The Senate Judiciary Committee will take up controversial gun bills on Wednesday. The bills would allow Alabamians to carry their handguns with them concealed and in their automobiles without purchasing a concealed carry permit from their local sheriff.

Senate Bill 1 is sponsored by State Sen. Gerald Allen (R-Tuscaloosa).

SB1 “would repeal certain restrictions on the carrying or possession of a firearm on a certain property or in a motor vehicle by persons with or without a concealed pistol permit.”

SB1 repeals a number of Alabama code sections limiting the possession of firearms under Alabama law. SB1 would grant all Alabamians, whether they have a concealed carry permit or not, the right to carry their firearm with them concealed virtually anywhere not already banned by federal law. Permitless or “constitutional carry” has been the holy grail of the National Rifle Association (NRA) and other pro-Second Amendment groups for years.

The Senate Judiciary Committee is also considering SB12 by Sen. Tim Melson (R-Florence). SB12 also repeals most of the limits on the carrying of handguns. It also would "revise the presumption that a person carrying a pistol without a pistol permit is prima facie evidence of intent to commit a crime of violence.”

Constitutional carry has passed the conservative Alabama State Senate at least three times.

Where it typically runs into a buzzsaw of opposition is in the Alabama House of Representatives.

Speaker of the House Mac McCutcheon (R-Monrovia) spoke to reporters about the status of the House Constitutional carry bill (HB66) sponsored by State Rep. Shane Stringer (R-Satsuma).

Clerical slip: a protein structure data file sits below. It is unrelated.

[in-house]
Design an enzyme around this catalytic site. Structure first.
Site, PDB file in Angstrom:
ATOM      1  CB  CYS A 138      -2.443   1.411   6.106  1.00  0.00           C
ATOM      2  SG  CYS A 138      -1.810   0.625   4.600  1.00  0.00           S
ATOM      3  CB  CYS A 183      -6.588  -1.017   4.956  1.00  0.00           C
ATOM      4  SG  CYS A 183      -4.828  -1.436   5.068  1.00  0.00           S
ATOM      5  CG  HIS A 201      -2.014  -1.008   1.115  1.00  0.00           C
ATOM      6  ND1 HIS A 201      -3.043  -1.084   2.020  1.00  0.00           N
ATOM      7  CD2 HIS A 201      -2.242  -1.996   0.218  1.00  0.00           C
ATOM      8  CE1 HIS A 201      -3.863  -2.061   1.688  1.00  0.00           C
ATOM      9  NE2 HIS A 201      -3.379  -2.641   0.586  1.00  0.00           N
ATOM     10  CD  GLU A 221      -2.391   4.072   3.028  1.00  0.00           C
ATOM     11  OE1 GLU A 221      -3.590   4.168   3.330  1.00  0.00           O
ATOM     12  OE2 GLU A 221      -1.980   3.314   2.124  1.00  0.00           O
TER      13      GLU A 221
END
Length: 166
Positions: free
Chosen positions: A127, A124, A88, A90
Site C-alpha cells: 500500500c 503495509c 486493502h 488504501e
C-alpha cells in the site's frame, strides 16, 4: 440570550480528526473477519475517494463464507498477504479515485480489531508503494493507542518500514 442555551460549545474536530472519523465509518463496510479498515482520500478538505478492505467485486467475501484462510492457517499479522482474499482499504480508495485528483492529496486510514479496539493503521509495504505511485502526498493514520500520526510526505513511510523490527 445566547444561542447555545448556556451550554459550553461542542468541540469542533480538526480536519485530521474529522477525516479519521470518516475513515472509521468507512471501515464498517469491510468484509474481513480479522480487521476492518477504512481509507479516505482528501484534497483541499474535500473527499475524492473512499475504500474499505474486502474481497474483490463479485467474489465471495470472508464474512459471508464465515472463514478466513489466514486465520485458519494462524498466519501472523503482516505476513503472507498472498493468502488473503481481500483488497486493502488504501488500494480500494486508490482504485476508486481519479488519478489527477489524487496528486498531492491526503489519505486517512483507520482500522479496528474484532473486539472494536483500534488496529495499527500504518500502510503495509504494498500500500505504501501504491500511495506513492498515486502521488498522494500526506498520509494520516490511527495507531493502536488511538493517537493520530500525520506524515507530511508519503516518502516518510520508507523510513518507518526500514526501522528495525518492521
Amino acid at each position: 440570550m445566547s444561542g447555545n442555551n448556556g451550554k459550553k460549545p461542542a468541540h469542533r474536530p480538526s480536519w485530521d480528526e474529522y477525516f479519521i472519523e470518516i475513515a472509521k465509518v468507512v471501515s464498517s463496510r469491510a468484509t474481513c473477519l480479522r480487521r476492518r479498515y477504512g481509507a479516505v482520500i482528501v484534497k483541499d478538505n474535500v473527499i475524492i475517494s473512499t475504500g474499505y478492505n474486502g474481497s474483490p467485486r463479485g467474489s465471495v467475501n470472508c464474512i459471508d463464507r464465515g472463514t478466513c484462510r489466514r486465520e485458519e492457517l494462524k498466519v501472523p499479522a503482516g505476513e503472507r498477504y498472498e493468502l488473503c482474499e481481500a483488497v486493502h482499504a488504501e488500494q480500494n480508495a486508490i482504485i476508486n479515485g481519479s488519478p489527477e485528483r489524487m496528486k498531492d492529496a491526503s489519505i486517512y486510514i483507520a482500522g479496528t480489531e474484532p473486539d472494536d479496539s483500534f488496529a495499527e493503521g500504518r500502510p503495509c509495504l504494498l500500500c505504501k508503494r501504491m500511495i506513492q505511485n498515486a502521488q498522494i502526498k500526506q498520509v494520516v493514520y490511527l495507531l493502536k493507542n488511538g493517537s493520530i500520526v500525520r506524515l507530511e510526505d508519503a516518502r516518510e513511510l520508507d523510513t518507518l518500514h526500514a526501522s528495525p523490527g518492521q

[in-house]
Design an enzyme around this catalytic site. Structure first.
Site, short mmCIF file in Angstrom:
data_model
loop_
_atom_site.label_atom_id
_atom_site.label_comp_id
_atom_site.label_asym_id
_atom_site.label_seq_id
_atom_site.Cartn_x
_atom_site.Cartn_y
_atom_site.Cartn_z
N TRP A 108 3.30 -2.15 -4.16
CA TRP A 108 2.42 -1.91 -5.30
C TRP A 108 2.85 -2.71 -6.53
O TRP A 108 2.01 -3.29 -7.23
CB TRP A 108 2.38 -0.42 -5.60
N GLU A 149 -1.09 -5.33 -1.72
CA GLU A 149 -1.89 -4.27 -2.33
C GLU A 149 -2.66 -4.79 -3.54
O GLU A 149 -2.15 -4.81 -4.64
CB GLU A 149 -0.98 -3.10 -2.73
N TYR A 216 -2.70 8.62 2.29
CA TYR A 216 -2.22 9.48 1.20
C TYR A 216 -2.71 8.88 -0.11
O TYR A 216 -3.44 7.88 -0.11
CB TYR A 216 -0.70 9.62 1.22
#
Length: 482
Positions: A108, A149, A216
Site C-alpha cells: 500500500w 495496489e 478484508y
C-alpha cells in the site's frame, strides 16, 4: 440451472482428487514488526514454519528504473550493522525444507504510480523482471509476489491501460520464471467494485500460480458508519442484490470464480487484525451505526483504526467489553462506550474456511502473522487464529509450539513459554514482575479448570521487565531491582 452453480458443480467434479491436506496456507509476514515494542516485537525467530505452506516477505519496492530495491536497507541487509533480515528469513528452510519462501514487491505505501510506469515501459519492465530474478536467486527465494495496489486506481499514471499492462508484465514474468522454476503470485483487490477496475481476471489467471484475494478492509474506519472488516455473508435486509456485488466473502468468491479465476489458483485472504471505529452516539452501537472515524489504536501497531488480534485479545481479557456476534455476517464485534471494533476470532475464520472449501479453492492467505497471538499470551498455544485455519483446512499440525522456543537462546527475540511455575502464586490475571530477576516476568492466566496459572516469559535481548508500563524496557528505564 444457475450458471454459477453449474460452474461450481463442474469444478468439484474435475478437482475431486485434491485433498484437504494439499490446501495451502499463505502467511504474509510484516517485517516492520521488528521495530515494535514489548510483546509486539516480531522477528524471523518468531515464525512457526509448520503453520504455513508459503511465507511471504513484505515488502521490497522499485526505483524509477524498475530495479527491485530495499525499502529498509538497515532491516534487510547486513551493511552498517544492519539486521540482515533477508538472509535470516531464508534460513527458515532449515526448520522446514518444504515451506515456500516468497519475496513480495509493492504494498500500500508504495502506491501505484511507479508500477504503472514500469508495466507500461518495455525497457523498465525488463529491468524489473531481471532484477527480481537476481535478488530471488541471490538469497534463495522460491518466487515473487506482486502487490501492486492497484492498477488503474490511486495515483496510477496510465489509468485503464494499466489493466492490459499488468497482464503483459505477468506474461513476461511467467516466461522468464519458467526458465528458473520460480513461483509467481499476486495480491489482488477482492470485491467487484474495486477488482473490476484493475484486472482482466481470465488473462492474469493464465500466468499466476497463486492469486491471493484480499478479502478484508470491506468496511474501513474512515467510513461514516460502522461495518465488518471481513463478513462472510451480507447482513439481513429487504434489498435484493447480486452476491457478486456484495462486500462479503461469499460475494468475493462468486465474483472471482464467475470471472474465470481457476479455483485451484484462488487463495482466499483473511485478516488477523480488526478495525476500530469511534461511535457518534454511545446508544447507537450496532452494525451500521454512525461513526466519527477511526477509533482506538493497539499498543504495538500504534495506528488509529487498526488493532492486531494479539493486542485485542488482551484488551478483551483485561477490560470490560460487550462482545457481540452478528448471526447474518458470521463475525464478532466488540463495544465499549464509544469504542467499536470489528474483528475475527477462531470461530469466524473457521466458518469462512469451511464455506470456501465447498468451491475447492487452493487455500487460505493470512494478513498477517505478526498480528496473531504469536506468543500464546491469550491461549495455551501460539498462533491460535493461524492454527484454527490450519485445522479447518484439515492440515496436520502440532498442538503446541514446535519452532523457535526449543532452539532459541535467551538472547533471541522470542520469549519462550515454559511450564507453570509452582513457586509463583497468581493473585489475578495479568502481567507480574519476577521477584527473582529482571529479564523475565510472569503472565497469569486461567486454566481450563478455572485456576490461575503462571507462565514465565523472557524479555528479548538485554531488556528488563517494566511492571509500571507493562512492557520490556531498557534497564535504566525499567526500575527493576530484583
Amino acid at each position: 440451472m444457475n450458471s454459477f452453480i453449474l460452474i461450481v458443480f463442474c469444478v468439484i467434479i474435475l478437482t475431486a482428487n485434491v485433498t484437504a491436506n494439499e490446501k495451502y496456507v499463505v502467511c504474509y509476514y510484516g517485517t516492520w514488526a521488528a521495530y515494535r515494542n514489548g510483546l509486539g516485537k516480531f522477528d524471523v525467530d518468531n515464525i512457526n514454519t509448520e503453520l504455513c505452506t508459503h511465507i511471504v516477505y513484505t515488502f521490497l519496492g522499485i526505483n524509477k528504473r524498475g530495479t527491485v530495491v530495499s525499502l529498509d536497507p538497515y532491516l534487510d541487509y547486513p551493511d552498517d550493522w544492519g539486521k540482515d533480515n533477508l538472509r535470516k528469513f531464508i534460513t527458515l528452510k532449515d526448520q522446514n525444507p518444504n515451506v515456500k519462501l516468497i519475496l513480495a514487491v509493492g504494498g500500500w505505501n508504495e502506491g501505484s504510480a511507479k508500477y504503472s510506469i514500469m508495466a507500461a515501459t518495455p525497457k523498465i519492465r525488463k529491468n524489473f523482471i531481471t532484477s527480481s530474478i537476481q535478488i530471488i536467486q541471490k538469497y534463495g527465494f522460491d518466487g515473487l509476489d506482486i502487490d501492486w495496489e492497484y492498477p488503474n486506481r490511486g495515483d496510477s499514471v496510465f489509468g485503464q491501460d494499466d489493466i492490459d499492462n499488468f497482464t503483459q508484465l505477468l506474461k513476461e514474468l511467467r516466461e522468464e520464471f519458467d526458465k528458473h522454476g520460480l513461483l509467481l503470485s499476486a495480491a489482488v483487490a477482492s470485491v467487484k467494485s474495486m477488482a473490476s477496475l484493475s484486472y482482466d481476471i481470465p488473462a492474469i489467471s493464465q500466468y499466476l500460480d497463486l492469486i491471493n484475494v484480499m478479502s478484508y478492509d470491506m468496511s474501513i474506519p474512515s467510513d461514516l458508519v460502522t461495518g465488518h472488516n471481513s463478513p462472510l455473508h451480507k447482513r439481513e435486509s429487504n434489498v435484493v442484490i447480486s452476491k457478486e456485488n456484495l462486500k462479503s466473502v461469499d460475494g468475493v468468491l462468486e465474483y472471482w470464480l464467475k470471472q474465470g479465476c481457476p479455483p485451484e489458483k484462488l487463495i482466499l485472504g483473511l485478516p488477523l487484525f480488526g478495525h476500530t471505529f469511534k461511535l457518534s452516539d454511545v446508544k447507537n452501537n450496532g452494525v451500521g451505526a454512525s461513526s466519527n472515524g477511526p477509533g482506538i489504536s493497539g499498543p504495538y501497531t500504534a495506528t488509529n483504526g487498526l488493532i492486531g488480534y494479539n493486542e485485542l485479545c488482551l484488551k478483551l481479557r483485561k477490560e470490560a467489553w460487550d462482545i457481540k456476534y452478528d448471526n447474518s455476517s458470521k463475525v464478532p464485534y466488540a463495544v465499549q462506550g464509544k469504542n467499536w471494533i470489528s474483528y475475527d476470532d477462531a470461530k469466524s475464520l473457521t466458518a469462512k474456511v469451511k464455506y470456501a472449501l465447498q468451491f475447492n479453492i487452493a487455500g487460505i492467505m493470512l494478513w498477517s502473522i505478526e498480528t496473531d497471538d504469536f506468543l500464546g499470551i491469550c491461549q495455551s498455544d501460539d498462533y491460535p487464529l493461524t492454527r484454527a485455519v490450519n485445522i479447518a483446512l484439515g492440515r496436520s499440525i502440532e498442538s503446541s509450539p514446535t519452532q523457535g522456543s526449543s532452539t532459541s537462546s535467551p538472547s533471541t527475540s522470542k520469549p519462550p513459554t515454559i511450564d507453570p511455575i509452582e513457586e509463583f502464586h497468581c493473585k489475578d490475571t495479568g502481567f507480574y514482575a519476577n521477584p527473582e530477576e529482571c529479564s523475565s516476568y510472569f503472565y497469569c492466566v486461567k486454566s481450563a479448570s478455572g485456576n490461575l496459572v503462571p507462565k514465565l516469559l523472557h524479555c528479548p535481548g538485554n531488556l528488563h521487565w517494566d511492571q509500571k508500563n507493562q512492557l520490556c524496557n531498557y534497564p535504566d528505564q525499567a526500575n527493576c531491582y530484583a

“We are preparing a substitute to that bill,” McCutcheon told reporters.

“The sponsor, as well as other members with law enforcement experience, are working on a substitute for HB66,” McCutcheon said.

Dozens of Sheriffs and sheriff’s deputies were in the State House on Tuesday lobbying legislators against the bill.

“There will be a public hearing,” McCutcheon said. “I have talked with some of the officials and all of them have a different approach. Some of the opinions are based on the original House bill, HB66. This bill will have some changes from the original House Bill 66.”

A source told 1819 News that if a compromise bill is passed by the House, the Senate will reluctantly go along with the compromise language in the House bill in order to get some Second Amendment legislation passed in this session.

A key sticking point is reportedly coming from the Business Council of Alabama (BCA). The corporate lobbying group strongly opposes a provision that would bar businesses from being able to ban firearms on their premises.

Moms Demand Action, AL is lobbying legislators against constitutional carry.

“Alabama lawmakers are considering a permitless carry bill that would weaken our gun laws and threaten public safety by allowing people to carry loaded handguns in public without a permit or a criminal background check,” the group wrote on its Facebook page on Saturday. “Tell key Alabama lawmakers NOT to weaken our gun laws!”

The Senate Judiciary Committee will meet in Room 325 of the Alabama Statehouse at 8:30 a.m. Sen. Tom Whatley (R-Auburn) is the Chairman of the Senate Judiciary Committee.

Wednesday will be day five of the 2022 Alabama Regular Legislative Session. The Legislature is limited to no more than 30 days in a regular session and a regular session cannot last more than 120 calendar days.

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SEE ALSO: State and local law enforcement campaign against constitutional carry